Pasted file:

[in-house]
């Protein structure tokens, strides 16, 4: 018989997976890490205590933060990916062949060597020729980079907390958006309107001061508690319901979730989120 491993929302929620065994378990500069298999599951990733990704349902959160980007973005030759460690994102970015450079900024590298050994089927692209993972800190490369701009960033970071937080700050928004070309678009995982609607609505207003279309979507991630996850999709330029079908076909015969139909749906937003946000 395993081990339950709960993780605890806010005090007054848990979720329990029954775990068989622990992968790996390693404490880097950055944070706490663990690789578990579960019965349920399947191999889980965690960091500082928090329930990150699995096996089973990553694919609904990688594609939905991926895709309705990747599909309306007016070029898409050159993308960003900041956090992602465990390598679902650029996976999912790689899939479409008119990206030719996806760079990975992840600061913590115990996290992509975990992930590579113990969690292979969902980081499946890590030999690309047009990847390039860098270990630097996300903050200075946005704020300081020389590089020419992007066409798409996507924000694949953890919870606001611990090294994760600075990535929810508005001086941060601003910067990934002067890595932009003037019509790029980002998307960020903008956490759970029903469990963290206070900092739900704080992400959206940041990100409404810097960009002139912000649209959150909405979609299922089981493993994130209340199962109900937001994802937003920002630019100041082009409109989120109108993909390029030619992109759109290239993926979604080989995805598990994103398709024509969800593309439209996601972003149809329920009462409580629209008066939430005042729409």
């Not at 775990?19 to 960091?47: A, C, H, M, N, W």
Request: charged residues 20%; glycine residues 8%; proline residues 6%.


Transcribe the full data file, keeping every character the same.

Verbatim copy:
[in-house]
């Protein structure tokens, strides 16, 4: 018989997976890490205590933060990916062949060597020729980079907390958006309107001061508690319901979730989120 491993929302929620065994378990500069298999599951990733990704349902959160980007973005030759460690994102970015450079900024590298050994089927692209993972800190490369701009960033970071937080700050928004070309678009995982609607609505207003279309979507991630996850999709330029079908076909015969139909749906937003946000 395993081990339950709960993780605890806010005090007054848990979720329990029954775990068989622990992968790996390693404490880097950055944070706490663990690789578990579960019965349920399947191999889980965690960091500082928090329930990150699995096996089973990553694919609904990688594609939905991926895709309705990747599909309306007016070029898409050159993308960003900041956090992602465990390598679902650029996976999912790689899939479409008119990206030719996806760079990975992840600061913590115990996290992509975990992930590579113990969690292979969902980081499946890590030999690309047009990847390039860098270990630097996300903050200075946005704020300081020389590089020419992007066409798409996507924000694949953890919870606001611990090294994760600075990535929810508005001086941060601003910067990934002067890595932009003037019509790029980002998307960020903008956490759970029903469990963290206070900092739900704080992400959206940041990100409404810097960009002139912000649209959150909405979609299922089981493993994130209340199962109900937001994802937003920002630019100041082009409109989120109108993909390029030619992109759109290239993926979604080989995805598990994103398709024509969800593309439209996601972003149809329920009462409580629209008066939430005042729409």
């Not at 775990?19 to 960091?47: A, C, H, M, N, W």
Request: charged residues 20%; glycine residues 8%; proline residues 6%.